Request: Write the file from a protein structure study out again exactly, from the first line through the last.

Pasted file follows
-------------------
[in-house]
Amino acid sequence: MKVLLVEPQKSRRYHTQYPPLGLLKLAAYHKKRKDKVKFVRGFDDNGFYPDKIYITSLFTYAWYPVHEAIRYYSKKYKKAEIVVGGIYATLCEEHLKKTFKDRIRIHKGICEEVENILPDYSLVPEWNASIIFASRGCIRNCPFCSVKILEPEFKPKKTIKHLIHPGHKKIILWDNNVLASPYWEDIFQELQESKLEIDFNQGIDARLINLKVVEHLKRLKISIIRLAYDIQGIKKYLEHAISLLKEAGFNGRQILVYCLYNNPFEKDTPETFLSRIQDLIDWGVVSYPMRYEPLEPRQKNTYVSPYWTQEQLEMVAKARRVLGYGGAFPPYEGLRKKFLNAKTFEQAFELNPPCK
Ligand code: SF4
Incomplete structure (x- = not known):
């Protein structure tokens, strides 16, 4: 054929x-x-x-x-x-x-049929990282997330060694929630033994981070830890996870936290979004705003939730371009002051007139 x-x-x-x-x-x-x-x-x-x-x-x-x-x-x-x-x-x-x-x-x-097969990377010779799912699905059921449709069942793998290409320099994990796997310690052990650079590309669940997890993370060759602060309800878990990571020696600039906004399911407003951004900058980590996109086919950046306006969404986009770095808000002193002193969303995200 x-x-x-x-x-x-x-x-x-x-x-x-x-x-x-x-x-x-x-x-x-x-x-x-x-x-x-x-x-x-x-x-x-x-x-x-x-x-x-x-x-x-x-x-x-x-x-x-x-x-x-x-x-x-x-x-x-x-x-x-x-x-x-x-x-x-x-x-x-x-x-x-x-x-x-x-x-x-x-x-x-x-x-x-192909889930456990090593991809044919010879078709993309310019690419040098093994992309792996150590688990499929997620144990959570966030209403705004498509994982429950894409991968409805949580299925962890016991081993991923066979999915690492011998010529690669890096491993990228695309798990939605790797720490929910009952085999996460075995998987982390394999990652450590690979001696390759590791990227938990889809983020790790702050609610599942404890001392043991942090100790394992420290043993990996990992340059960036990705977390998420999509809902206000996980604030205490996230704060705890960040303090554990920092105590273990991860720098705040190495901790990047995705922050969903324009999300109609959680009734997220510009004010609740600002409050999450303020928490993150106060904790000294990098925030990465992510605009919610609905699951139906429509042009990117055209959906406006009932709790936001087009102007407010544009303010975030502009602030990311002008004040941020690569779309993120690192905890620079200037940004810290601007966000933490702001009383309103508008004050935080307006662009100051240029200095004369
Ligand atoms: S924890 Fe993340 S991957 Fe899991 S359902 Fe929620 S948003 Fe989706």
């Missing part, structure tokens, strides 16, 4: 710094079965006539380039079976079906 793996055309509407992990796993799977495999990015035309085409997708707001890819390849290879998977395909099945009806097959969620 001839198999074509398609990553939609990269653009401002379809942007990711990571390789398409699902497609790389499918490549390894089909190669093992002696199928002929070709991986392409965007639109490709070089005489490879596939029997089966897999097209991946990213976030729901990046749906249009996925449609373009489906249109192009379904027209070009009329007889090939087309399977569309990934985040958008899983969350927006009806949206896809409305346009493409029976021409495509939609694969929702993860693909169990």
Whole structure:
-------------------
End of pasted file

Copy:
[in-house]
Amino acid sequence: MKVLLVEPQKSRRYHTQYPPLGLLKLAAYHKKRKDKVKFVRGFDDNGFYPDKIYITSLFTYAWYPVHEAIRYYSKKYKKAEIVVGGIYATLCEEHLKKTFKDRIRIHKGICEEVENILPDYSLVPEWNASIIFASRGCIRNCPFCSVKILEPEFKPKKTIKHLIHPGHKKIILWDNNVLASPYWEDIFQELQESKLEIDFNQGIDARLINLKVVEHLKRLKISIIRLAYDIQGIKKYLEHAISLLKEAGFNGRQILVYCLYNNPFEKDTPETFLSRIQDLIDWGVVSYPMRYEPLEPRQKNTYVSPYWTQEQLEMVAKARRVLGYGGAFPPYEGLRKKFLNAKTFEQAFELNPPCK
Ligand code: SF4
Incomplete structure (x- = not known):
């Protein structure tokens, strides 16, 4: 054929x-x-x-x-x-x-049929990282997330060694929630033994981070830890996870936290979004705003939730371009002051007139 x-x-x-x-x-x-x-x-x-x-x-x-x-x-x-x-x-x-x-x-x-097969990377010779799912699905059921449709069942793998290409320099994990796997310690052990650079590309669940997890993370060759602060309800878990990571020696600039906004399911407003951004900058980590996109086919950046306006969404986009770095808000002193002193969303995200 x-x-x-x-x-x-x-x-x-x-x-x-x-x-x-x-x-x-x-x-x-x-x-x-x-x-x-x-x-x-x-x-x-x-x-x-x-x-x-x-x-x-x-x-x-x-x-x-x-x-x-x-x-x-x-x-x-x-x-x-x-x-x-x-x-x-x-x-x-x-x-x-x-x-x-x-x-x-x-x-x-x-x-x-192909889930456990090593991809044919010879078709993309310019690419040098093994992309792996150590688990499929997620144990959570966030209403705004498509994982429950894409991968409805949580299925962890016991081993991923066979999915690492011998010529690669890096491993990228695309798990939605790797720490929910009952085999996460075995998987982390394999990652450590690979001696390759590791990227938990889809983020790790702050609610599942404890001392043991942090100790394992420290043993990996990992340059960036990705977390998420999509809902206000996980604030205490996230704060705890960040303090554990920092105590273990991860720098705040190495901790990047995705922050969903324009999300109609959680009734997220510009004010609740600002409050999450303020928490993150106060904790000294990098925030990465992510605009919610609905699951139906429509042009990117055209959906406006009932709790936001087009102007407010544009303010975030502009602030990311002008004040941020690569779309993120690192905890620079200037940004810290601007966000933490702001009383309103508008004050935080307006662009100051240029200095004369
Ligand atoms: S924890 Fe993340 S991957 Fe899991 S359902 Fe929620 S948003 Fe989706």
């Missing part, structure tokens, strides 16, 4: 710094079965006539380039079976079906 793996055309509407992990796993799977495999990015035309085409997708707001890819390849290879998977395909099945009806097959969620 001839198999074509398609990553939609990269653009401002379809942007990711990571390789398409699902497609790389499918490549390894089909190669093992002696199928002929070709991986392409965007639109490709070089005489490879596939029997089966897999097209991946990213976030729901990046749906249009996925449609373009489906249109192009379904027209070009009329007889090939087309399977569309990934985040958008899983969350927006009806949206896809409305346009493409029976021409495509939609694969929702993860693909169990």
Whole structure: